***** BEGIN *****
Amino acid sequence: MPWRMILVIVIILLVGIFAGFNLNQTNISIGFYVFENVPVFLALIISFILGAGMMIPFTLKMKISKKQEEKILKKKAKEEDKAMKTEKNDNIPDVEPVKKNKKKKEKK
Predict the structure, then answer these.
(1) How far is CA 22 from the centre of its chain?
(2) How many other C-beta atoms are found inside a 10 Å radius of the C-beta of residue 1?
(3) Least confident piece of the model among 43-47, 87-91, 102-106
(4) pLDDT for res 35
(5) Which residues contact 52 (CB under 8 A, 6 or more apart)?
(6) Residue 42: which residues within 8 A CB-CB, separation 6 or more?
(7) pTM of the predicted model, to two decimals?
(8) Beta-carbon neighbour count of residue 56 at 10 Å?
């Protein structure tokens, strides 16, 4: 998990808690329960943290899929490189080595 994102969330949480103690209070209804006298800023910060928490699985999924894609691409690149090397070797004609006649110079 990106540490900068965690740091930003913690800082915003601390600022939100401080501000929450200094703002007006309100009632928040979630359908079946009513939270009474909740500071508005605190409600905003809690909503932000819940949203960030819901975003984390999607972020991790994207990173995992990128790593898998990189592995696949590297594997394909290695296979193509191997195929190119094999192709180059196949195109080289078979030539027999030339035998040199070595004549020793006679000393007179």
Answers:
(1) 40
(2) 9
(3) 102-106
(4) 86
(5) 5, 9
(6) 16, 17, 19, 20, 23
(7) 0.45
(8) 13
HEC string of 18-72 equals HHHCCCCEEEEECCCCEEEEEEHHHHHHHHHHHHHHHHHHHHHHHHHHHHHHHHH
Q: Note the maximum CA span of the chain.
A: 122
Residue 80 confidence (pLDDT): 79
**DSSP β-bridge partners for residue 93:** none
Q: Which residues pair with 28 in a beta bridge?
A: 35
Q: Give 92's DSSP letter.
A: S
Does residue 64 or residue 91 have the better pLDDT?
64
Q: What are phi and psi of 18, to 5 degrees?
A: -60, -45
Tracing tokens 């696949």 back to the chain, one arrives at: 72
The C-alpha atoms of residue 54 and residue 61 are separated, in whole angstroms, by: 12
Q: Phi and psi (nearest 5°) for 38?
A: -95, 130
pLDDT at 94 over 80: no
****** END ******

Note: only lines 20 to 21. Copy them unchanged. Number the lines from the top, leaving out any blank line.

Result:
(8) 13
HEC string of 18-72 equals HHHCCCCEEEEECCCCEEEEEEHHHHHHHHHHHHHHHHHHHHHHHHHHHHHHHHH